“Vague terms and strategically placed footnotes.” Whatever your feelings on Catholic marriage, it is essentially impossible to deny that Pope Francis, whatever his other merits (and he has more than a few of them), has effected profound and inexcusable chaos within the Church: rather than clearly enunciate the scandalous proposal he appears to advocate, he has instead offered an equivocal and dodgy approximation of it, a sort of papal shrug. It is a clever tactic because it accomplishes more or less the same thing as if Francis had just come right out and advocated for the ecclesiastical legitimization of adultery, but it does so in a way that allows for a measure of plausible deniability. It’s a bit like a prison guard casually whispering to a prisoner: “There’s a guard change at 12:03 AM. Nobody will be on watch for forty seconds.” Wink, wink.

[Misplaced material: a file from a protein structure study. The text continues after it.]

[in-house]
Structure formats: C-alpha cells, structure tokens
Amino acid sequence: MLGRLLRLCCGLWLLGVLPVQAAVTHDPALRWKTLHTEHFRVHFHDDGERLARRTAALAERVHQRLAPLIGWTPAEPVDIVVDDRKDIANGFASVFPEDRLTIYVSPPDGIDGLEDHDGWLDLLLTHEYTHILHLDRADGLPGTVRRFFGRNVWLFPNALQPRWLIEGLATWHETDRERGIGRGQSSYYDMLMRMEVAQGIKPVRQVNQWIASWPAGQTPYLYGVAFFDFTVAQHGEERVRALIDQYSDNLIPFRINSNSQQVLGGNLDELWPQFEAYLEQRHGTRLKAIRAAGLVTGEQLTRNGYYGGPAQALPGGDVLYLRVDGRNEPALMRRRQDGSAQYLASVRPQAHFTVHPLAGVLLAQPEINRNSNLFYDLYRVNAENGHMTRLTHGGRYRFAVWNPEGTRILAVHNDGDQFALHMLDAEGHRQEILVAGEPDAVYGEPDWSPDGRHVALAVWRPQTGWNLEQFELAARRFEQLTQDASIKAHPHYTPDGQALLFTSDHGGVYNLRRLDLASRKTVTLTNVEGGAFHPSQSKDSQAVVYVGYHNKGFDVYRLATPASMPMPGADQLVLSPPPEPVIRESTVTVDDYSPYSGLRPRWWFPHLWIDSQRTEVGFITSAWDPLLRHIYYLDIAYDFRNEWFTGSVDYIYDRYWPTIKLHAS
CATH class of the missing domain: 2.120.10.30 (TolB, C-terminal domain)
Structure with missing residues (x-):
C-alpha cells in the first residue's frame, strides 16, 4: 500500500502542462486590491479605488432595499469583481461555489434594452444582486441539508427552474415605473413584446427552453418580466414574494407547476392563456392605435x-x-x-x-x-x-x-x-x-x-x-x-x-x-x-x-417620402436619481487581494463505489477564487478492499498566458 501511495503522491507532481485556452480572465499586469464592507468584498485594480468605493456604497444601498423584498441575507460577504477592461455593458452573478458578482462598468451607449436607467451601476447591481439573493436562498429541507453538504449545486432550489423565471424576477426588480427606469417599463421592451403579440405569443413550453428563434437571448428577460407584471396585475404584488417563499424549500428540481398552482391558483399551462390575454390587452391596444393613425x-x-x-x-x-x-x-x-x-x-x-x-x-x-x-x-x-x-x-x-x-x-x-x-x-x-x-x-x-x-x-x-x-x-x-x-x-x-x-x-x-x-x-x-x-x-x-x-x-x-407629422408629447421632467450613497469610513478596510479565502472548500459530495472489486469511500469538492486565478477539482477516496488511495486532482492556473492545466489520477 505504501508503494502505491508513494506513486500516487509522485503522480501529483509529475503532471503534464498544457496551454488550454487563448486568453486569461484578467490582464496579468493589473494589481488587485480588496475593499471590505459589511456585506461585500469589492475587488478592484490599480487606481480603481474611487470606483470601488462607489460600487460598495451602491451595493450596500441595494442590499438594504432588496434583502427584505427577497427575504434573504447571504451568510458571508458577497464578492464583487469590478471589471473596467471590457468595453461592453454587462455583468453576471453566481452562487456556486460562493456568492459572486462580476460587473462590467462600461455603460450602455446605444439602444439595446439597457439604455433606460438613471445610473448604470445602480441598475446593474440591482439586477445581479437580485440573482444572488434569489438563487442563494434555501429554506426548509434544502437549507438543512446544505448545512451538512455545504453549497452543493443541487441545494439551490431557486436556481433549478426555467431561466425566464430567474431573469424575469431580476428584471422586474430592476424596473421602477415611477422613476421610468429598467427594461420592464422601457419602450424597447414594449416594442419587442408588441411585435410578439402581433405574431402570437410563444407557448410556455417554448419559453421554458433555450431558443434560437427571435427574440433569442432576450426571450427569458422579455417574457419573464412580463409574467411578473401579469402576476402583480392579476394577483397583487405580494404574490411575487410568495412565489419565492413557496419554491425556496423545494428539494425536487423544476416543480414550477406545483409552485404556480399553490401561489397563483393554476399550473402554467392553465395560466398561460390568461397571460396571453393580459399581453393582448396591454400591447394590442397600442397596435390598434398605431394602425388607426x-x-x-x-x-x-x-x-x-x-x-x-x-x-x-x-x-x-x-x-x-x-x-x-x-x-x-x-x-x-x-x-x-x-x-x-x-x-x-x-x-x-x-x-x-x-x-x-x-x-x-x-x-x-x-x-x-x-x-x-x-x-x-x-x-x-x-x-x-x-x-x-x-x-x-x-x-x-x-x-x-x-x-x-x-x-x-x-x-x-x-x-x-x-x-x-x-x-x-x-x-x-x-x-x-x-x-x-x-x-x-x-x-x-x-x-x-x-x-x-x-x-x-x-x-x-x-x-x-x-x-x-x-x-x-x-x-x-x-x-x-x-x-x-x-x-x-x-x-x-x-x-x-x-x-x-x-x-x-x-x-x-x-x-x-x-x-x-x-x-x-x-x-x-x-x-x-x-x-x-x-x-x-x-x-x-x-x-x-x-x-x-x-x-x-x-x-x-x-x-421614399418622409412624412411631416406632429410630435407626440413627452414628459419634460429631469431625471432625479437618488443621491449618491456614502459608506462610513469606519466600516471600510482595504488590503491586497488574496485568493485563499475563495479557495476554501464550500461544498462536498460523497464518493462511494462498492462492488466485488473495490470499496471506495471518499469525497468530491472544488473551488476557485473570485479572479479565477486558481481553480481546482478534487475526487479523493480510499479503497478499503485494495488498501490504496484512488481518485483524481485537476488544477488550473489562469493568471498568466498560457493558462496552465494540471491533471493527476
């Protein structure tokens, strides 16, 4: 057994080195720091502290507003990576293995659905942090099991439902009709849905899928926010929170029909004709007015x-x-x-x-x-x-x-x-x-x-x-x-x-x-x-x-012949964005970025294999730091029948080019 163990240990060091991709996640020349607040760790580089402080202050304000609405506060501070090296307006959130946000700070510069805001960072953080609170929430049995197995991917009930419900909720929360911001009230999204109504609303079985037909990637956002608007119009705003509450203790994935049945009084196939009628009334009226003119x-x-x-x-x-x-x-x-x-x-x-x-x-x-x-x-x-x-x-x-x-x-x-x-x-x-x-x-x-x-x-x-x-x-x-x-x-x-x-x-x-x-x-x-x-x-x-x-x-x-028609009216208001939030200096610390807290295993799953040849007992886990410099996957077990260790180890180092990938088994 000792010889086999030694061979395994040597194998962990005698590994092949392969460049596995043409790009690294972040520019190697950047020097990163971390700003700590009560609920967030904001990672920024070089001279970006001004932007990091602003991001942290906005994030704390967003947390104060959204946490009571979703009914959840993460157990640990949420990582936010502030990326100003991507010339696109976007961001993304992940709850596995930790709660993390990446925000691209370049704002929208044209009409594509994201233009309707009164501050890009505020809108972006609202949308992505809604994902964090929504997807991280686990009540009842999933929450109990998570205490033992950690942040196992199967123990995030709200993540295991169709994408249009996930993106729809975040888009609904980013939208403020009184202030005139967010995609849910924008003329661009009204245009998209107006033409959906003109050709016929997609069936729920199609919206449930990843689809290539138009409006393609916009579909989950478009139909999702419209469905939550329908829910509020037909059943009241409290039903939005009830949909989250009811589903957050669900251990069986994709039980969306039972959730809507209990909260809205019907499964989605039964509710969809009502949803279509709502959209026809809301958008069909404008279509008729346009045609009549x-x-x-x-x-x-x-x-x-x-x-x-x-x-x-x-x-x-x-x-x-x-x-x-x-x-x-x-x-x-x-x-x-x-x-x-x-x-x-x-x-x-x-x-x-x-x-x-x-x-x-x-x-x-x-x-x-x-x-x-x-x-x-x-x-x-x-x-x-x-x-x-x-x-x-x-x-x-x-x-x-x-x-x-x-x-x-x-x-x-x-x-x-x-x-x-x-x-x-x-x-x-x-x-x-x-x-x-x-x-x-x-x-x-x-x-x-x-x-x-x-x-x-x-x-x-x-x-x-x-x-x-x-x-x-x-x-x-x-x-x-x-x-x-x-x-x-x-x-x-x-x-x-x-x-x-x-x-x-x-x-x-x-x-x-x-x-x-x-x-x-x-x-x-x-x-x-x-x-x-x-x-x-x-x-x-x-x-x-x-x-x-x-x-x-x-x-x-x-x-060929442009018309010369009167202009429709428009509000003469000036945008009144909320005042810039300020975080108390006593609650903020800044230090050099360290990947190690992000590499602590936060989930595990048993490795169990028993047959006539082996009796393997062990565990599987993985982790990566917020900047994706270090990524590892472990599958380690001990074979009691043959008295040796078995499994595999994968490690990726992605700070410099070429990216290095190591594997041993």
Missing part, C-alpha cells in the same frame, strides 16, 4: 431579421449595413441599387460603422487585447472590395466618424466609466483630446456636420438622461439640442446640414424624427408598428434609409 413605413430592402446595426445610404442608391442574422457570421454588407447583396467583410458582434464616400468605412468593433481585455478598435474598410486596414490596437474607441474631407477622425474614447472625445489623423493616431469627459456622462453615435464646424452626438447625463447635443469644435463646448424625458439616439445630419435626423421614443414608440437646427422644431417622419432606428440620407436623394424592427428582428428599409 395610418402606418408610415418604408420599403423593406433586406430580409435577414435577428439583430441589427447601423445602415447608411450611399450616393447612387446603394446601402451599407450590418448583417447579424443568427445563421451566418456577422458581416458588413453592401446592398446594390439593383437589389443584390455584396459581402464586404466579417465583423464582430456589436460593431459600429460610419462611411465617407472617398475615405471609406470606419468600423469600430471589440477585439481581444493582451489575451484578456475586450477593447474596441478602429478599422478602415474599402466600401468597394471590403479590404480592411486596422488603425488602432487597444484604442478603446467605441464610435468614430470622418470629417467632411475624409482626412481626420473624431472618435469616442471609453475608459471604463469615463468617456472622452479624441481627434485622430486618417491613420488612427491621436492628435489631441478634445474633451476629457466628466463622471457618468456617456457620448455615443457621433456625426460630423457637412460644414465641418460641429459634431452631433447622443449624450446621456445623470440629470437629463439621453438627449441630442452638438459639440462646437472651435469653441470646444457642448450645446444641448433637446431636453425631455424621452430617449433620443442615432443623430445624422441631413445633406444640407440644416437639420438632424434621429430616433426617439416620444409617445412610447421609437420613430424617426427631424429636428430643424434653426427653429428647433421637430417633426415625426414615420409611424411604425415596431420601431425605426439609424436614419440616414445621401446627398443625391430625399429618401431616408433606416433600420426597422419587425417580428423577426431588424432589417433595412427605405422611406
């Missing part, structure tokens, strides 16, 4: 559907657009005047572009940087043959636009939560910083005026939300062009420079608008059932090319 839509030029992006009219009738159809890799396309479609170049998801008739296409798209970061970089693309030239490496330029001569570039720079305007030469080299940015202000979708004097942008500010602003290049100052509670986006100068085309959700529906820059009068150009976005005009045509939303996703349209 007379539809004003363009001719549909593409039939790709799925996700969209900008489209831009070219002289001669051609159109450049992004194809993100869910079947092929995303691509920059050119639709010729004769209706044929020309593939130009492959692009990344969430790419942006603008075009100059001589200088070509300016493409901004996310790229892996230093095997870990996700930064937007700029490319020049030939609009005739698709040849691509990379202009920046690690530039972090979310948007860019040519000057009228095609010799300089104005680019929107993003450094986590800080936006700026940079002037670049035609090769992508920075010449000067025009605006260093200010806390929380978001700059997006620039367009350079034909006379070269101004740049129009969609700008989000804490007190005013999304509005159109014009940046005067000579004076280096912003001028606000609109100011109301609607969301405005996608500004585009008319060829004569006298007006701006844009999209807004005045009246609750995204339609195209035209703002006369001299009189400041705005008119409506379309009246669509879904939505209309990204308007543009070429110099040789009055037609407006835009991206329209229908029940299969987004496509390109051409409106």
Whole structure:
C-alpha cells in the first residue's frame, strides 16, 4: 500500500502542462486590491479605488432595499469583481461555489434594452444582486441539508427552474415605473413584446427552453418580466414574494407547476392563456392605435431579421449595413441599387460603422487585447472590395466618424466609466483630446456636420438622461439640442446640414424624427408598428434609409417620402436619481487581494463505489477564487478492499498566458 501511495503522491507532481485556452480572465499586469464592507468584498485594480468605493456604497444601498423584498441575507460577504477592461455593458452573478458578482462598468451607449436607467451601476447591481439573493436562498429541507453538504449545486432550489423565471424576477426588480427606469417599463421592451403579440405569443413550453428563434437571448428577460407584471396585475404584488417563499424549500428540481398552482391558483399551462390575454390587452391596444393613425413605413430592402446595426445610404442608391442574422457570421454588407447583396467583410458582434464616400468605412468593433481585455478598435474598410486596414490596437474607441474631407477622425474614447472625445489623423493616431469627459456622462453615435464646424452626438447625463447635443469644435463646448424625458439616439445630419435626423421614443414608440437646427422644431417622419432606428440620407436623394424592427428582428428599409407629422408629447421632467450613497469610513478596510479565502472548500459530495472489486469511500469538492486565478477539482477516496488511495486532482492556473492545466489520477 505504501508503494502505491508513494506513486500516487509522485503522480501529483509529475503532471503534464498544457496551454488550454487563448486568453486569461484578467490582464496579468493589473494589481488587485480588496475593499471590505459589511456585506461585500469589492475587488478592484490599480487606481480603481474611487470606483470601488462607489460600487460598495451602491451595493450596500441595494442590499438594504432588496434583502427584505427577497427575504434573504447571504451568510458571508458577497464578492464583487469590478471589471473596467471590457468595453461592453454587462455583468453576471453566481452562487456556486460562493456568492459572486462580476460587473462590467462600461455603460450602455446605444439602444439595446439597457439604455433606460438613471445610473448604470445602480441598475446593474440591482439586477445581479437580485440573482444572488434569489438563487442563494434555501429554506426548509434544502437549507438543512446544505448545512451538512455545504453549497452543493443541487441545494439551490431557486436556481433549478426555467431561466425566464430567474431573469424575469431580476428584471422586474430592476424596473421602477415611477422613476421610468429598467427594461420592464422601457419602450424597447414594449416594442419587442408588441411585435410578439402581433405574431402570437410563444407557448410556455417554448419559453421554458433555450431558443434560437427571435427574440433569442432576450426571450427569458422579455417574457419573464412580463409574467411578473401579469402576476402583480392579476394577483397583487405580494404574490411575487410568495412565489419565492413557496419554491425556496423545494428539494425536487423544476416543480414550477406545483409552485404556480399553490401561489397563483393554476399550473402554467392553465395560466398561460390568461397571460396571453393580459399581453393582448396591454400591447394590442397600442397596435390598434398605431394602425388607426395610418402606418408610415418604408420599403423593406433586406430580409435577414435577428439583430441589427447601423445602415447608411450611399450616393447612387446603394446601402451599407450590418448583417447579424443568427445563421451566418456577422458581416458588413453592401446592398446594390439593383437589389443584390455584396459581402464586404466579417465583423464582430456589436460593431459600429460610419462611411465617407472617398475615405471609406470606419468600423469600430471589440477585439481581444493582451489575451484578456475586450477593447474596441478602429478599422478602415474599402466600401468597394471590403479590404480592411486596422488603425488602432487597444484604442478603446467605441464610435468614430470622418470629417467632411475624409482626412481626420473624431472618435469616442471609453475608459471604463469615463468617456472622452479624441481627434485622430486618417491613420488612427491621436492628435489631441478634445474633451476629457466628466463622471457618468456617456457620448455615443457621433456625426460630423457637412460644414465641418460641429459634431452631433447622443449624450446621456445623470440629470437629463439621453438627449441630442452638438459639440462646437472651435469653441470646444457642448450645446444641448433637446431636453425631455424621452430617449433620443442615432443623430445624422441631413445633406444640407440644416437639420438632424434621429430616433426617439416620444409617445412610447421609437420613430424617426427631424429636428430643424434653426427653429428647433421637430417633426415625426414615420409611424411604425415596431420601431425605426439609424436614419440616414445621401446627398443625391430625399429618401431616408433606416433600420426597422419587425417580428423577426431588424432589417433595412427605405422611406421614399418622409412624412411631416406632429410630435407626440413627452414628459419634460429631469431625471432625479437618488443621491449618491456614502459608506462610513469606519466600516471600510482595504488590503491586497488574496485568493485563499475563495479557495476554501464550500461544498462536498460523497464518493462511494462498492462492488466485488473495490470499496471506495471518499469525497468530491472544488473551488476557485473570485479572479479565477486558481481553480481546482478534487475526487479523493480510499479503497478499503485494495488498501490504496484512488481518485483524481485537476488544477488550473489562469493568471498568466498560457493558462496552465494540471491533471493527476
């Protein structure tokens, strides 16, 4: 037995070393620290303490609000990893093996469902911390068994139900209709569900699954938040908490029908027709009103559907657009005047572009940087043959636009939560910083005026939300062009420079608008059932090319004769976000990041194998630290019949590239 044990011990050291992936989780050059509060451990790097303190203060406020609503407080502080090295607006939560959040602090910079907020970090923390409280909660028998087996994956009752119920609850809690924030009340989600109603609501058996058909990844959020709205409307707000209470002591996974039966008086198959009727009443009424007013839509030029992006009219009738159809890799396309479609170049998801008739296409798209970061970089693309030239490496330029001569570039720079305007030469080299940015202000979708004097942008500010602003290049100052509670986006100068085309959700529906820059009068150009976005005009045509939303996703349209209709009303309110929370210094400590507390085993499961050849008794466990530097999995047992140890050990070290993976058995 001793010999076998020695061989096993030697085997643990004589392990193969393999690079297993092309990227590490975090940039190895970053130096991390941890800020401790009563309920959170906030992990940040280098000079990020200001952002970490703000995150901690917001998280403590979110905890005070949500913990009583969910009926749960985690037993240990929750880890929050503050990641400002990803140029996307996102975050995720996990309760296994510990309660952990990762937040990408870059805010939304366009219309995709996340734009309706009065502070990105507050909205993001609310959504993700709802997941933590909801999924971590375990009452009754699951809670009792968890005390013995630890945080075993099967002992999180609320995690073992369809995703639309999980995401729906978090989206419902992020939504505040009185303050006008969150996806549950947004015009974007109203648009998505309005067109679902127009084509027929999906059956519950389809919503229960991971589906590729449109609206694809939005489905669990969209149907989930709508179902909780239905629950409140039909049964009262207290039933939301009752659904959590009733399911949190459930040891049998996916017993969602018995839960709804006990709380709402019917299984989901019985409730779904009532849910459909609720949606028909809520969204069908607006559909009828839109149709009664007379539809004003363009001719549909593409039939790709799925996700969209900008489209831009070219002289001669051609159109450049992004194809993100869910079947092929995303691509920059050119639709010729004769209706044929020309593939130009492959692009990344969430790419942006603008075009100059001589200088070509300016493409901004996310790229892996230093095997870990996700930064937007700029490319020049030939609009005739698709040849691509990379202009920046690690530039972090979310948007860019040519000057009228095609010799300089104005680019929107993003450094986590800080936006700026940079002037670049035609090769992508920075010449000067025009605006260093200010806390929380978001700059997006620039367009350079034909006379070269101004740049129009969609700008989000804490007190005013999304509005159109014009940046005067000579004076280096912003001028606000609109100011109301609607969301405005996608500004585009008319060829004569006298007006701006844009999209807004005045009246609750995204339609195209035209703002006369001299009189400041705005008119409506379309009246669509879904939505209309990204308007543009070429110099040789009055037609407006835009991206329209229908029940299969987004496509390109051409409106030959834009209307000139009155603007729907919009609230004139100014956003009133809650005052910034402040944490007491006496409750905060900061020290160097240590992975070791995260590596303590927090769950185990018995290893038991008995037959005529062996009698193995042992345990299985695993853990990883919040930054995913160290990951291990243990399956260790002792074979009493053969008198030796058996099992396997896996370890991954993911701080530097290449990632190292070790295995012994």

Francis’s defenders, and presumably Francis himself, deny that Amoris Laetitia in fact “legitimizes adultery,” and on its face this is true. But the practical effect of the “case-by-case basis” approach to this affair is wholly foreseeable; even if this method were right on the merits (and it is not), the inevitable mission creep would render it moot. This is perfectly obvious: what starts out as a careful process involving a “spiritual journey of discernment” would invariably, inevitably turn into a blanket dispensation for all “remarried” Catholics everywhere. Does anyone think that the majority of Catholic priests—fallible, sensitive to optics, many of them scared of giving offense to prickly parishioners—would be okay telling one adulterous couple “Your situation is acceptable, I have decided you can receive Communion” while telling another, “No, you may not receive Communion unless you stop having sex and go to Confession?” Of course not.